I like sweets and desserts as much as anyone, but I can usually stay strong in the face of chocolate, candy, cupcakes, or cake, and turn them down without regret. Even cookies have to be some pretty serious, next-level cookies to get me to indulge. But one thing I will always choose and never refuse is PIE, that most humble and all-American of desserts. Whether it’s a custard, cream, or fruit filling, a flaky dough crust or a crumb topping, hot or cold, sweet or tart or even savory, pie is everything.
There is a group called the American Pie Council that agrees with me. From their website: “The American Pie Council Is The Only Organization Committed To Maintaining America’s Pie Heritage, Passing On The Tradition Of Pie-Making And Promoting America’s Love Affair With Pie.” If that’s not a noble goal, I don’t know what is. They publish a quarterly newsletter called Pie Times (I love it!), full of tips, tricks, recipes, promotions, and networking information for bakers.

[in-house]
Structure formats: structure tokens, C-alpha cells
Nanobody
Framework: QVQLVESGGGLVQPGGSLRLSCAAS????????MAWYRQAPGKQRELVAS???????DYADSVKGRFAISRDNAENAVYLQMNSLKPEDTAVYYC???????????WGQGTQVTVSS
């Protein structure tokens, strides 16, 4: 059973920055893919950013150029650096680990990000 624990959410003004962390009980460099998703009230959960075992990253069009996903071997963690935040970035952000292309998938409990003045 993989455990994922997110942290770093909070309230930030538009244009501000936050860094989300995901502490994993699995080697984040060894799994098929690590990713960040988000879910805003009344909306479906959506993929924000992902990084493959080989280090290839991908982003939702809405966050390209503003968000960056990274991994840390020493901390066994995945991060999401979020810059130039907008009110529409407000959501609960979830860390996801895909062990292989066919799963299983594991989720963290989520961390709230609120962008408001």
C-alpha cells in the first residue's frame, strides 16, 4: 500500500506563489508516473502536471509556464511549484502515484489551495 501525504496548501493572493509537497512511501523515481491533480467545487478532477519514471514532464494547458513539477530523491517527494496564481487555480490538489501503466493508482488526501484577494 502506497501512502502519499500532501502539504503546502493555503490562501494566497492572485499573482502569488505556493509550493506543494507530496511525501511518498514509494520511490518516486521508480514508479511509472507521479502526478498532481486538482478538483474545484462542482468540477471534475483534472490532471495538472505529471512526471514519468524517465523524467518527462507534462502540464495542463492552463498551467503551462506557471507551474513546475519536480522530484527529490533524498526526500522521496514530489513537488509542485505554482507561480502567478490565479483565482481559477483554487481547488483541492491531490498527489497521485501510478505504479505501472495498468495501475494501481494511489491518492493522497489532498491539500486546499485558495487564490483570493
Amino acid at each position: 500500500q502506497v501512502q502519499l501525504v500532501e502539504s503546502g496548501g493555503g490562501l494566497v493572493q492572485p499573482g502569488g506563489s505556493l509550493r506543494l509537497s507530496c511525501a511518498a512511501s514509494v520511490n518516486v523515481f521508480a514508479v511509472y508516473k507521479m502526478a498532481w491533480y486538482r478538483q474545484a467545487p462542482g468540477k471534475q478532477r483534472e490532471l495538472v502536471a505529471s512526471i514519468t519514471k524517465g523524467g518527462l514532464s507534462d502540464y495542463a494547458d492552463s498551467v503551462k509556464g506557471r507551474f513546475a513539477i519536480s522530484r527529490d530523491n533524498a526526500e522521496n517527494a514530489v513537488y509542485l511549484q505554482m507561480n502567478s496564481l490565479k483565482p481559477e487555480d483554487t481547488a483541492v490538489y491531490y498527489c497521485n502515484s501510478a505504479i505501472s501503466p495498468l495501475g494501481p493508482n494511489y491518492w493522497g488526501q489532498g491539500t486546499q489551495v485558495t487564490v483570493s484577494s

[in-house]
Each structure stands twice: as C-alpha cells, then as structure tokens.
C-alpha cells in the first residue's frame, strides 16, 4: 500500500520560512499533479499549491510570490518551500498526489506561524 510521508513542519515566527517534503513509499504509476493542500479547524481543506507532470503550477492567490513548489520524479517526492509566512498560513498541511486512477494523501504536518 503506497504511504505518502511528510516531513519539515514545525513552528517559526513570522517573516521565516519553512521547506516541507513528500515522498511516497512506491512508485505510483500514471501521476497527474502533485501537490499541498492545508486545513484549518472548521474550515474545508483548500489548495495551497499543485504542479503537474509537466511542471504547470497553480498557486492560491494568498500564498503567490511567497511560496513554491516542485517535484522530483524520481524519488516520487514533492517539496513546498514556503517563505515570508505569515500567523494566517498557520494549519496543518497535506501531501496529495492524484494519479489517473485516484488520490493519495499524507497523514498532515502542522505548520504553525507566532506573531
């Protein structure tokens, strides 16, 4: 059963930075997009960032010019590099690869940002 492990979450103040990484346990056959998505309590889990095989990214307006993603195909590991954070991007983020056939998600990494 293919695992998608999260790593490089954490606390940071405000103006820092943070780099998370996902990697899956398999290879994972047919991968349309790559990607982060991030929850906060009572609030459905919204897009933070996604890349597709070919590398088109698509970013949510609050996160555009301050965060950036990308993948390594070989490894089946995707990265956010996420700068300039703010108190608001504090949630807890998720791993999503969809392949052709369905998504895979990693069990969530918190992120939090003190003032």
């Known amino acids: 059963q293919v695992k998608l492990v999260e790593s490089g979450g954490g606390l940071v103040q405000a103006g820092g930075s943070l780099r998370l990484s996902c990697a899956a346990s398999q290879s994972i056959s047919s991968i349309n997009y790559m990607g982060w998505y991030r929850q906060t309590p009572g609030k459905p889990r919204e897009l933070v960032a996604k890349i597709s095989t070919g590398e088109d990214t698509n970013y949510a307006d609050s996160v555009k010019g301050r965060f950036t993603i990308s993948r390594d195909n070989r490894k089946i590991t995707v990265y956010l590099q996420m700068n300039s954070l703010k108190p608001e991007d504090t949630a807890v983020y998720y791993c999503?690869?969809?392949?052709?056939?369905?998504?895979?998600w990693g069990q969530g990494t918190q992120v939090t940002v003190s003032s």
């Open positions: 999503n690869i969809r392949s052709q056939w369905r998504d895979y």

But the American Pie Council’s most visible event is hosting the prestigious National Pie Championships in Orlando, Florida every year — a chance for the most gifted commercial, professional, and amateur pie bakers to prove themselves in the ultimate pie arena, like Pie Thunderdome. These brave bakers descend upon Orlando from throughout the United States to compete for those blue ribbons and bragging rights, mostly for the fun of it, and for the honor of being the best. Here is a Bon Appetit article about last year’s National Pie Championships, and here is an essay on Taste by two bakers who competed last year. Christopher Guest really needs to write and direct a mockumentary about the world of competitive pie-baking, something like Best in Show meets Iron Chef meets… I don’t know, The Fast & the Furious. “I live my life one quarter-stick of butter at a time.” “If your dough isn’t out of control, you’re not in control.” And what good is pie if you can’t share it with family (including chosen family)?